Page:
I did some googling around the internet and found a large Pickett photo collection on a University of Washington library archives site. Look for "Photographs of Washington State, 1909-1936" It breaks down his photos into various categories. One dealt with the Great Northern Railroad. and another with the construction of the 7.8 mile Cascade tunnel. The GN RR category has several shots of trains leaving a snow shed, crossing the lower Martin Creek trestle and about to enter the horse shoe tunnel. The shots also show the grade as it has exited the tunnel and about to enter another snow shed as it continues to the east. One photo shows another train on the upper grade about to enter the snow shed. The photos give you some idea how the snow sheds were constructed.
One day when I have the time I may go thru the entire collection. A number of other categories to peruse.

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Bruce Albert
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PostWed Nov 17, 2021 11:01 am 
Rock visually similar to that is common, but not dominant, in cobbles and boulders in the NF Sky at Index indicating a source somewhere up that valley as well. I've often thought it would be an interesting exercise to trace unique stream sediments back to their sources, but I've never followed through.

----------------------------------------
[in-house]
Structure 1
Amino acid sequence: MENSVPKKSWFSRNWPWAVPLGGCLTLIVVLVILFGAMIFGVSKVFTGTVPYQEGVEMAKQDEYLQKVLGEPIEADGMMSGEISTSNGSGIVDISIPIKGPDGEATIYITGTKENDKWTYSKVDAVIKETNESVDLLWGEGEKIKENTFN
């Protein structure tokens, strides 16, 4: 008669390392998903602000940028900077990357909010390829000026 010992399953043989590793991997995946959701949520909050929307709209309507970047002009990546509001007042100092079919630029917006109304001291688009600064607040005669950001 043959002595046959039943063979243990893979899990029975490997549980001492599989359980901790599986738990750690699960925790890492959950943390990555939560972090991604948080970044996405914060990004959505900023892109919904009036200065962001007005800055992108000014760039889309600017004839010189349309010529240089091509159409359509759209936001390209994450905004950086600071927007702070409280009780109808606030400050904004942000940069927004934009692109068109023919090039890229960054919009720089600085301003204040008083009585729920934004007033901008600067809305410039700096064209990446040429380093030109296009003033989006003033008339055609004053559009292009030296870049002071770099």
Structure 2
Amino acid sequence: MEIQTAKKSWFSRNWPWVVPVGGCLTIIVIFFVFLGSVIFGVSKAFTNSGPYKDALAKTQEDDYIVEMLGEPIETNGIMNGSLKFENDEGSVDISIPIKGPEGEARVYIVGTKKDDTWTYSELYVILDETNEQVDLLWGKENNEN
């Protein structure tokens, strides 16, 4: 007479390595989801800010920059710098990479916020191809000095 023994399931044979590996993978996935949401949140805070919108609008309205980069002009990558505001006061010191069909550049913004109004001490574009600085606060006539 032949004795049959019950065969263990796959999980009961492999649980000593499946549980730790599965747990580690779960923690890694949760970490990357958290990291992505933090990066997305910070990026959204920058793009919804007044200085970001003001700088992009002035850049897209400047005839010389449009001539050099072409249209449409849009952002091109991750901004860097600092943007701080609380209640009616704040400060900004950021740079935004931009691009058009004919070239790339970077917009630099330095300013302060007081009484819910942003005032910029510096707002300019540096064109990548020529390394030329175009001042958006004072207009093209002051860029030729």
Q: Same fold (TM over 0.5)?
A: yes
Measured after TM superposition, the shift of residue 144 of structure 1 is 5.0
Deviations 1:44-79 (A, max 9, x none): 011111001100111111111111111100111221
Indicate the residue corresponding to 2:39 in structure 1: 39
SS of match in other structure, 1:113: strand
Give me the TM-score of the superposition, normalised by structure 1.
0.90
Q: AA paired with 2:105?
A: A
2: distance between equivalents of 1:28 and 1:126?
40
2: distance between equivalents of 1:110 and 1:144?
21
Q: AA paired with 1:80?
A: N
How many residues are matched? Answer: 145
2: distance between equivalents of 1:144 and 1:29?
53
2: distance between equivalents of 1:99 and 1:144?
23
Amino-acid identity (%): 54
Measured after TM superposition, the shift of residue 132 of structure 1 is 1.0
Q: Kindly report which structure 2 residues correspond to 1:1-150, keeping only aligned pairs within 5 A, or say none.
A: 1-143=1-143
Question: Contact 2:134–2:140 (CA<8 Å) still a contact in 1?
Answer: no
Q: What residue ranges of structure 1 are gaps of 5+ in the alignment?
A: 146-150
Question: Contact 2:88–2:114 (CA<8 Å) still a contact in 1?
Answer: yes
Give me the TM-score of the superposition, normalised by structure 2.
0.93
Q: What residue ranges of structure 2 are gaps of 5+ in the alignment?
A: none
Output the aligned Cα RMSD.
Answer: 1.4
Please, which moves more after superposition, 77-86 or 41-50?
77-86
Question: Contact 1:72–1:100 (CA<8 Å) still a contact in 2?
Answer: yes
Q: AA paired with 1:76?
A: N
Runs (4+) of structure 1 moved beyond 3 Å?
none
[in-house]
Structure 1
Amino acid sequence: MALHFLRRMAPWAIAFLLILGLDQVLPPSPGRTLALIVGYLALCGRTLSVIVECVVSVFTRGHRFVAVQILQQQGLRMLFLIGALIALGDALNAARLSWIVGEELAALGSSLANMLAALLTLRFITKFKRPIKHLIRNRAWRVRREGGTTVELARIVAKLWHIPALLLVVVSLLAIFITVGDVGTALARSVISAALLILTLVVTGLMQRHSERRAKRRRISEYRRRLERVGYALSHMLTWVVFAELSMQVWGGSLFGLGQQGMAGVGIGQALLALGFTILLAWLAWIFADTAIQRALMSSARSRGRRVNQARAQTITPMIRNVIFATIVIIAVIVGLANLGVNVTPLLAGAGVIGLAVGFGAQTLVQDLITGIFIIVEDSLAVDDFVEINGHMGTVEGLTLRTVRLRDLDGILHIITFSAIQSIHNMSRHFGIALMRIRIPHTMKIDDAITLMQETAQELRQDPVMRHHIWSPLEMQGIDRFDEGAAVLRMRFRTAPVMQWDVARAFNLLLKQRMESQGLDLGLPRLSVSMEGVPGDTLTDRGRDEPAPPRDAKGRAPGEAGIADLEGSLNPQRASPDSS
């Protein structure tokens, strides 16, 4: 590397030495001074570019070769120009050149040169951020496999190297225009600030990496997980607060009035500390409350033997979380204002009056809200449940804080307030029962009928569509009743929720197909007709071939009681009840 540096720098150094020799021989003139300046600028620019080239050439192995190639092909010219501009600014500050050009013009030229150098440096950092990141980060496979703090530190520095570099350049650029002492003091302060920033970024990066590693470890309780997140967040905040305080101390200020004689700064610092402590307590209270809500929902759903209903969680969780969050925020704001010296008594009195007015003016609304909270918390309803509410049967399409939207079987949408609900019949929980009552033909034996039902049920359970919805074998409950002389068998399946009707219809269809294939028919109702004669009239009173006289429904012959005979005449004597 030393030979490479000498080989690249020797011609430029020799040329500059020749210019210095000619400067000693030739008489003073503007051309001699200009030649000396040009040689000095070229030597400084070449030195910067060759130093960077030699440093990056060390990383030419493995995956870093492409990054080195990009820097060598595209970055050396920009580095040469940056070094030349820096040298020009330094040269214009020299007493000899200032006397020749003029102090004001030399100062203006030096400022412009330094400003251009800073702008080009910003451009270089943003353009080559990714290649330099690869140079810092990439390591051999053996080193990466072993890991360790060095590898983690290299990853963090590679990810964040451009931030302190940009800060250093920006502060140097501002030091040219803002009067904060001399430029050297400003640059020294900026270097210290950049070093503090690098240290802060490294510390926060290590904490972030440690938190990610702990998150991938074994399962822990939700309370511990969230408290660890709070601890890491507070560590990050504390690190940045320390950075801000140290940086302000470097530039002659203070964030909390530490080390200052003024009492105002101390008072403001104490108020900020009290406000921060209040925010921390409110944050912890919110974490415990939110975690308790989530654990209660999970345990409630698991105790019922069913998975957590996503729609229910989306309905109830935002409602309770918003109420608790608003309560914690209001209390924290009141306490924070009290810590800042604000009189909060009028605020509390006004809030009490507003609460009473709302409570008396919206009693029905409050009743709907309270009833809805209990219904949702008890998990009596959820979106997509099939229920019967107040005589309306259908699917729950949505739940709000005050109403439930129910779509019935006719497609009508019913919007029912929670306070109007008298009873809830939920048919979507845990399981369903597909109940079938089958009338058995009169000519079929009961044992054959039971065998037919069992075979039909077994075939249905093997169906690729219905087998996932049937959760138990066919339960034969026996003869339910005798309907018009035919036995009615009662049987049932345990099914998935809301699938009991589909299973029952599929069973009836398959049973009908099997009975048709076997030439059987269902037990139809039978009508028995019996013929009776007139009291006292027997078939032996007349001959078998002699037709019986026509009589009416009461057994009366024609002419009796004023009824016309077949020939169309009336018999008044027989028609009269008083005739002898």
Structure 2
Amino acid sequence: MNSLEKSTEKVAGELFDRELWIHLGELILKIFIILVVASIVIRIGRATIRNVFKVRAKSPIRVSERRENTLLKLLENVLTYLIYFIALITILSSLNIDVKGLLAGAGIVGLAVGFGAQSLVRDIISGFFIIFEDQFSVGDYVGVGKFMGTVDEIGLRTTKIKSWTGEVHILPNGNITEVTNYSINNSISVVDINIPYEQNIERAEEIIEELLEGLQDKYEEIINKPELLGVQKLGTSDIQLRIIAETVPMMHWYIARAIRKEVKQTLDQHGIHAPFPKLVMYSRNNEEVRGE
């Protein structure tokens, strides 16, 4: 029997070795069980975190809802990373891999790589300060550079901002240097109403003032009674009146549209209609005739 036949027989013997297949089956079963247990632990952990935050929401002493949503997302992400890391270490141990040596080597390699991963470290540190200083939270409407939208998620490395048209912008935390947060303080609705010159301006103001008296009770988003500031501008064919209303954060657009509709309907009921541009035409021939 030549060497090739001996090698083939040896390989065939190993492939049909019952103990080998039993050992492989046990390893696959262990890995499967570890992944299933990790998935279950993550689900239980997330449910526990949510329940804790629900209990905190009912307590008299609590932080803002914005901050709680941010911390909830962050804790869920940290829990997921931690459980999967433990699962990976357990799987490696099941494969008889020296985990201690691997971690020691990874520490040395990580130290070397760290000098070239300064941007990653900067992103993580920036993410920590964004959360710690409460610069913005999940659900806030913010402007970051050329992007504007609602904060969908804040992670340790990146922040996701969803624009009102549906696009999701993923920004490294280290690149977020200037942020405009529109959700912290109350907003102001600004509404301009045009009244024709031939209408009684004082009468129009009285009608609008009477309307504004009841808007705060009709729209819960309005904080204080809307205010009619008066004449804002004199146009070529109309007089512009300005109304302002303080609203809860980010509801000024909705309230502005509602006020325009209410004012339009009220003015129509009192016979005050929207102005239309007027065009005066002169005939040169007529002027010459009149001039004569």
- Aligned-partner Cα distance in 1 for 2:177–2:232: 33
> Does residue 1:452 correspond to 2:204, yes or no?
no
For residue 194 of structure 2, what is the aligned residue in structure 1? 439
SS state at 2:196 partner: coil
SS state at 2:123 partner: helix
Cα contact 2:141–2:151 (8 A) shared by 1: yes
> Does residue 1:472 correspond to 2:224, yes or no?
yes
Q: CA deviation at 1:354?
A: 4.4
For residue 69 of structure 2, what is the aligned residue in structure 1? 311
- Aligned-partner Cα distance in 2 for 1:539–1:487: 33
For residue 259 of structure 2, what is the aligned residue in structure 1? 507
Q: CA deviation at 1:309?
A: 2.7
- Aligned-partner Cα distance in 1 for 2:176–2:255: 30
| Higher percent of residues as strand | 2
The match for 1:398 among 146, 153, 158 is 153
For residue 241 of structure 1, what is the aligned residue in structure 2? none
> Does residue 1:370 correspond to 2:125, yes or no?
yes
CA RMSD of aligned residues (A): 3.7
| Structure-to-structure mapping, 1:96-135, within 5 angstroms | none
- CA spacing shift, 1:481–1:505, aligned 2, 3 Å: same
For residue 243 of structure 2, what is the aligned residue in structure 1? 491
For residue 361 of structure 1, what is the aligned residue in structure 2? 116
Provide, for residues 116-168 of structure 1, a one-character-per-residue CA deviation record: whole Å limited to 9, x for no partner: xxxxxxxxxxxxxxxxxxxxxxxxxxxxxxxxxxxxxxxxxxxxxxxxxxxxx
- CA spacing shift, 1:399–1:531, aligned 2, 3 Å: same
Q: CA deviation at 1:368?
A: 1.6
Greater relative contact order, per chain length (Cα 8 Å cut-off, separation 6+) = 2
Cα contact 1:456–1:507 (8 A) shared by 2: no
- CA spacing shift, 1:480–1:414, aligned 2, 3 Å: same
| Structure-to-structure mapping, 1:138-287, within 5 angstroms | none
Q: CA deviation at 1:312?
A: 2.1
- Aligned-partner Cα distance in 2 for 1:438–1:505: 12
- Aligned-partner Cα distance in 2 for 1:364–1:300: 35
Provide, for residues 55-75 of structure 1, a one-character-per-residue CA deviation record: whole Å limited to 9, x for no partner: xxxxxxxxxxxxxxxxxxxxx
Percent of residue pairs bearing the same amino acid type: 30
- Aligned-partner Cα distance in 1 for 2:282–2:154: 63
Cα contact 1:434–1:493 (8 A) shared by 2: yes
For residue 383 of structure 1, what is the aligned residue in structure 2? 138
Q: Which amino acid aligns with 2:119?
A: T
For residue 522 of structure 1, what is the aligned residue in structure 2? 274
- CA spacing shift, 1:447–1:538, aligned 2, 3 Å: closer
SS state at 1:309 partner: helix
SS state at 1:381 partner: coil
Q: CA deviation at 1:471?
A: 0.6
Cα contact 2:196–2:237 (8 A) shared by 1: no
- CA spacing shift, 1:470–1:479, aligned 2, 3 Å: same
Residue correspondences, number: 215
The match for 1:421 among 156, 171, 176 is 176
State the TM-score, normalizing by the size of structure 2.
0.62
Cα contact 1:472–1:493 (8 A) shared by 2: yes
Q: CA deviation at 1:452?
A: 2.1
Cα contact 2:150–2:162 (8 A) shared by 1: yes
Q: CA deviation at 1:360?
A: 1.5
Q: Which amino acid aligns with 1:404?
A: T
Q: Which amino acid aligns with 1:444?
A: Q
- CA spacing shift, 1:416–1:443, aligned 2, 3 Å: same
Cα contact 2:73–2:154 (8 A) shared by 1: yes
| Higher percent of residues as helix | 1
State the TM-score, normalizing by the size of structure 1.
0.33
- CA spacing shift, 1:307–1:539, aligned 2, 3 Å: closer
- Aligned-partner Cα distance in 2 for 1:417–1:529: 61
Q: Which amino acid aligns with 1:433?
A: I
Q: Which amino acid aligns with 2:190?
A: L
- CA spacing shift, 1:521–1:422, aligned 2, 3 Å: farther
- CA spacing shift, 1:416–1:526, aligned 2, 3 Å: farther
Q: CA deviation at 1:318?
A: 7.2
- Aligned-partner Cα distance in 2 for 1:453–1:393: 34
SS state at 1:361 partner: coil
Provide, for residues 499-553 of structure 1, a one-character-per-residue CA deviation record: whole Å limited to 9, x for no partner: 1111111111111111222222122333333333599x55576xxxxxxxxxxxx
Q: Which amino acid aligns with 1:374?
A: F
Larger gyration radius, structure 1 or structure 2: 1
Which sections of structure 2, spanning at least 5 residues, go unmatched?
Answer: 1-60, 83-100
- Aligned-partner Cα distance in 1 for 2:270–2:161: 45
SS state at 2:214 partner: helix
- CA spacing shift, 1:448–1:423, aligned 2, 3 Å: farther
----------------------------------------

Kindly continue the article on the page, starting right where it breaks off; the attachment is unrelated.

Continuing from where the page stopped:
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PostWed Nov 17, 2021 11:36 am 
Schroder wrote:
Quote:
Ideal Basic Industries purchased the old Grotto plant in 1957 from Northwestern Portland Cement Company, which had been operating the plant since approximately 1928. Ideal operated the facility between 1957 and 1967. The plant was reportedly shut down in 1967 because abundant particulate matter from the cement manufacturing process was littering the valley. The property was sold to Brazier Forest Products in 1980. Brazier filed Chapter 11 (bankruptcy) in August of 1984, at which time Rainier National Bank foreclosed on the property. Rainier still owns the property but is preparing to sell it to the City of Tacoma.